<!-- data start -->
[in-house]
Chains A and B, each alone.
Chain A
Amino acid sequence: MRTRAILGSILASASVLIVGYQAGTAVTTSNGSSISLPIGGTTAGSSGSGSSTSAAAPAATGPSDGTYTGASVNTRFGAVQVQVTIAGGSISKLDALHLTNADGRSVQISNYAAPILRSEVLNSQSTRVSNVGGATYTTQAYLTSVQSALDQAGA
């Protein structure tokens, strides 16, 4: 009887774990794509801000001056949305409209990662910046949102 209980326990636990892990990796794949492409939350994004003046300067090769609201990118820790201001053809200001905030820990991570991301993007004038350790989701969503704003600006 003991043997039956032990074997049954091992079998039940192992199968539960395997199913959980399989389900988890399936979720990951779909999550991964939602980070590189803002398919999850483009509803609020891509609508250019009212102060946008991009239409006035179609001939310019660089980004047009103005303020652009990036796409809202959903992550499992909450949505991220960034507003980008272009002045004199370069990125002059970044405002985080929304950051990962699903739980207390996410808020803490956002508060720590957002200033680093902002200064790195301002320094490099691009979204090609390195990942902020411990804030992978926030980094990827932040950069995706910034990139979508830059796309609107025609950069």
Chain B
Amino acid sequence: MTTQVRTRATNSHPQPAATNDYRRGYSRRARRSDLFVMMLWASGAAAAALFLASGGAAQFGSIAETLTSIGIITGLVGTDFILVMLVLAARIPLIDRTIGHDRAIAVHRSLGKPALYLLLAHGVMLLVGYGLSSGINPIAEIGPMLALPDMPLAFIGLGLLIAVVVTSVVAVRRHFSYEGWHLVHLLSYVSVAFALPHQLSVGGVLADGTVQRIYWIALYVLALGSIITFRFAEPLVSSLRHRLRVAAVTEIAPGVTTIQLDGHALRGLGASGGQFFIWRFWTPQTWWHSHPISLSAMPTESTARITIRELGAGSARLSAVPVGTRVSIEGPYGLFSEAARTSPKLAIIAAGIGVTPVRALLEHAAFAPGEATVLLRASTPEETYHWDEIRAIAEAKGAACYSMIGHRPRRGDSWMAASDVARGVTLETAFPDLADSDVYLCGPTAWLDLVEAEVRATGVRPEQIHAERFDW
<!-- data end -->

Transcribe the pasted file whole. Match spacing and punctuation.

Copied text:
[in-house]
Chains A and B, each alone.
Chain A
Amino acid sequence: MRTRAILGSILASASVLIVGYQAGTAVTTSNGSSISLPIGGTTAGSSGSGSSTSAAAPAATGPSDGTYTGASVNTRFGAVQVQVTIAGGSISKLDALHLTNADGRSVQISNYAAPILRSEVLNSQSTRVSNVGGATYTTQAYLTSVQSALDQAGA
């Protein structure tokens, strides 16, 4: 009887774990794509801000001056949305409209990662910046949102 209980326990636990892990990796794949492409939350994004003046300067090769609201990118820790201001053809200001905030820990991570991301993007004038350790989701969503704003600006 003991043997039956032990074997049954091992079998039940192992199968539960395997199913959980399989389900988890399936979720990951779909999550991964939602980070590189803002398919999850483009509803609020891509609508250019009212102060946008991009239409006035179609001939310019660089980004047009103005303020652009990036796409809202959903992550499992909450949505991220960034507003980008272009002045004199370069990125002059970044405002985080929304950051990962699903739980207390996410808020803490956002508060720590957002200033680093902002200064790195301002320094490099691009979204090609390195990942902020411990804030992978926030980094990827932040950069995706910034990139979508830059796309609107025609950069």
Chain B
Amino acid sequence: MTTQVRTRATNSHPQPAATNDYRRGYSRRARRSDLFVMMLWASGAAAAALFLASGGAAQFGSIAETLTSIGIITGLVGTDFILVMLVLAARIPLIDRTIGHDRAIAVHRSLGKPALYLLLAHGVMLLVGYGLSSGINPIAEIGPMLALPDMPLAFIGLGLLIAVVVTSVVAVRRHFSYEGWHLVHLLSYVSVAFALPHQLSVGGVLADGTVQRIYWIALYVLALGSIITFRFAEPLVSSLRHRLRVAAVTEIAPGVTTIQLDGHALRGLGASGGQFFIWRFWTPQTWWHSHPISLSAMPTESTARITIRELGAGSARLSAVPVGTRVSIEGPYGLFSEAARTSPKLAIIAAGIGVTPVRALLEHAAFAPGEATVLLRASTPEETYHWDEIRAIAEAKGAACYSMIGHRPRRGDSWMAASDVARGVTLETAFPDLADSDVYLCGPTAWLDLVEAEVRATGVRPEQIHAERFDW